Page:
Difference Between Turf & Grass Cleats

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Choose cleats based on the surface conditions on which you play.

Always use proper equipment when engaging in a sports activity to prevent injury. Cleats are footwear worn for playing on artificial turf and grass surfaces. They provide traction and keep you from slipping when changing direction quickly. Although the differences between turf and grass cleats appear subtle at first, each shoe type fits specific surface conditions.


Turf Cleat Outsole

The upper and middle parts of turf and grass cleats are basically the same. These parts serve to protect the foot and provide comfort. The outsole of the shoe is what makes turf and grass cleats different. The purpose of the outsole is to adapt to various surface conditions. Since turf's conditions are generally consistent, turf cleats do not have significant gripping elements. For the most part, turf outsoles have only a slightly raised rubber pattern of knobs and bumps, evenly distributed along the entire sole, that permit you to clutch the playing field. Grass cleats, on the other hand, are mostly used on outdoor fields with less predictable conditions due to rain and ground-density variations, which require cleats with longer studs to grip the ground and avoid slippage.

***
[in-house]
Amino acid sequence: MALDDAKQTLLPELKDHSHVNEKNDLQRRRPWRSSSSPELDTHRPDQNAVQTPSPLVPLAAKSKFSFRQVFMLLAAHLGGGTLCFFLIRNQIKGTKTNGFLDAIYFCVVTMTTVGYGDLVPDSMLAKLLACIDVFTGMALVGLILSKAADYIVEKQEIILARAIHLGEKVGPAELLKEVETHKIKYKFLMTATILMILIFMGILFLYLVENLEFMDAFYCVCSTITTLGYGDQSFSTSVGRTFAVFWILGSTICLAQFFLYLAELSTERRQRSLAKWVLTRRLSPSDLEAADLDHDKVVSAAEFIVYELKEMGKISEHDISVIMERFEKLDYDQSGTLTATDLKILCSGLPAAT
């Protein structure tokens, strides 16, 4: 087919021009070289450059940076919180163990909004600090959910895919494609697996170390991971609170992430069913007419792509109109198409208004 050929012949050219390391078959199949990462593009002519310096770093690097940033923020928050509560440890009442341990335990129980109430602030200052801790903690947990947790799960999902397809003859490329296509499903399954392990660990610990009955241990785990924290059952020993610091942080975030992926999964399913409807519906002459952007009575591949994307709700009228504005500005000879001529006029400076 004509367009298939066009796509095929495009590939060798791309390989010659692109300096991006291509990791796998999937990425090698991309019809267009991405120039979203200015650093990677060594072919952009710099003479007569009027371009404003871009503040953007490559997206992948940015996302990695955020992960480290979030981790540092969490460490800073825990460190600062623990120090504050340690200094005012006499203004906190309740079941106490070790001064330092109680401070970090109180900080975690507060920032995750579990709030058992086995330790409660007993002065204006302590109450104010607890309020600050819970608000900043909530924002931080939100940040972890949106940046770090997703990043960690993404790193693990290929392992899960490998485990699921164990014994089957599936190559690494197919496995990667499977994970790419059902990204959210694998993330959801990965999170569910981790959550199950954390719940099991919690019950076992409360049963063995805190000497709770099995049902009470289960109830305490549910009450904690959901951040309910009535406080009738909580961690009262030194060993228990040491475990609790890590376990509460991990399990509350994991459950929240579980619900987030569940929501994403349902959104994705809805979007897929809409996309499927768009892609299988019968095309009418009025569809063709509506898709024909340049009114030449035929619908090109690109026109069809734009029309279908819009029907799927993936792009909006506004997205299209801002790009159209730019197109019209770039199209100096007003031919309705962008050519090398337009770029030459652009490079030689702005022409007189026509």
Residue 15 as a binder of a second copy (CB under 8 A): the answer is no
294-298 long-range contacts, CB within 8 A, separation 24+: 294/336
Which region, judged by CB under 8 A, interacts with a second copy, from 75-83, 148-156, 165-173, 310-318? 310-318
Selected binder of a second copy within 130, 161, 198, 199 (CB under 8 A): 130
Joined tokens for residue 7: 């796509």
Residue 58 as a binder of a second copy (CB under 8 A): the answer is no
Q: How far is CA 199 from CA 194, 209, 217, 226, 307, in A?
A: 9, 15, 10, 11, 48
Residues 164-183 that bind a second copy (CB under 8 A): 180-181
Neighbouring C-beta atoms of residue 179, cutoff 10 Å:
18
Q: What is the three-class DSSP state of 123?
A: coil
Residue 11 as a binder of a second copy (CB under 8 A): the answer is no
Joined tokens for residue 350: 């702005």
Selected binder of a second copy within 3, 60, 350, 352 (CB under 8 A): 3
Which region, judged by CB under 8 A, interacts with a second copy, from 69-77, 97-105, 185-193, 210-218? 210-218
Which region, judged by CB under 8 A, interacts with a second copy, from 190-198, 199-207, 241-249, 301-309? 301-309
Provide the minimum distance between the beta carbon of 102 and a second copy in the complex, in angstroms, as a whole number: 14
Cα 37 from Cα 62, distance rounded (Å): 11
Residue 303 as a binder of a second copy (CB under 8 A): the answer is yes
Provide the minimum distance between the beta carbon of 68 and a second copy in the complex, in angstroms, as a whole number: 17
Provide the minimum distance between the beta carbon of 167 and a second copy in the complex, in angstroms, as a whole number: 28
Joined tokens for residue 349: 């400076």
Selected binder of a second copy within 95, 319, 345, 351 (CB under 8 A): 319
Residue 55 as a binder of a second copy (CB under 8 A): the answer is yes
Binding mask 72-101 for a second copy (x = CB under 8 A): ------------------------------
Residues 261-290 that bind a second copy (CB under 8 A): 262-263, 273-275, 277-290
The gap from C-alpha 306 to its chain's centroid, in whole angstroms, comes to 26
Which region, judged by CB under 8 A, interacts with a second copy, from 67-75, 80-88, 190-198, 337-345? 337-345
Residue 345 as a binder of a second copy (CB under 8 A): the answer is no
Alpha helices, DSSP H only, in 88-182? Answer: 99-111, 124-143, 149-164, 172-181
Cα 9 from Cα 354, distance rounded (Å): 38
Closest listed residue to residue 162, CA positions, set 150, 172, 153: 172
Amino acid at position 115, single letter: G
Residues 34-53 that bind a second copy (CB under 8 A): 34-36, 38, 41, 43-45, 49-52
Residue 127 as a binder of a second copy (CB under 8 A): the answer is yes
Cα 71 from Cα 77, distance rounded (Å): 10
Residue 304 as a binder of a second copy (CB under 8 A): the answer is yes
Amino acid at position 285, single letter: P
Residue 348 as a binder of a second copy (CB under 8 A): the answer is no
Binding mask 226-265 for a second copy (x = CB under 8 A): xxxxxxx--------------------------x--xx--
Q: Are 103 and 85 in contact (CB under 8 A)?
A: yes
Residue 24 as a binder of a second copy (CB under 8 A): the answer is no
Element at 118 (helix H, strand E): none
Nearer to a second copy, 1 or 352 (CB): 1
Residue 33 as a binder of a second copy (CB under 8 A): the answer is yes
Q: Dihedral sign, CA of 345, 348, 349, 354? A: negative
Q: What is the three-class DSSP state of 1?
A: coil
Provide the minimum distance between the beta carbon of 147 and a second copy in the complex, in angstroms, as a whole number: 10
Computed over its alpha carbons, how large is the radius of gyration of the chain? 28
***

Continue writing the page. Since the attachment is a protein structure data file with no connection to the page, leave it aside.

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Grass Cleat Outsole

Grass cleats have an outsole with several hard knobs, usually about 10, that help you grip and penetrate the grass surface to provide maximum stability on the playing surface. The knobs are made of plastic, rubber and metal, depending on the brand of cleats you choose. The knobs are just the right size to allow you to firmly grip the surface without hurting the soles of your feet.


Variations of Grass Cleat Outsoles

Grass cleats also come in several types to accommodate various field conditions, whereas turf shoes are multipurpose. You can purchase grass cleats for hard, firm or soft ground. Hard-ground cleats have smaller-sized, circular knobs, which are spread equally on the outsole. Firm-ground cleats are the most universally worn cleats in the U.S., according to My Youth Soccer Guide. They usually have mid-sized, rubber or plastic circular knobs that enable you to adjust to multiple surface conditions. Soft-ground cleats have removable knobs of a blade or circular shape that give you the freedom to prepare your cleats for changing surface conditions before each game.



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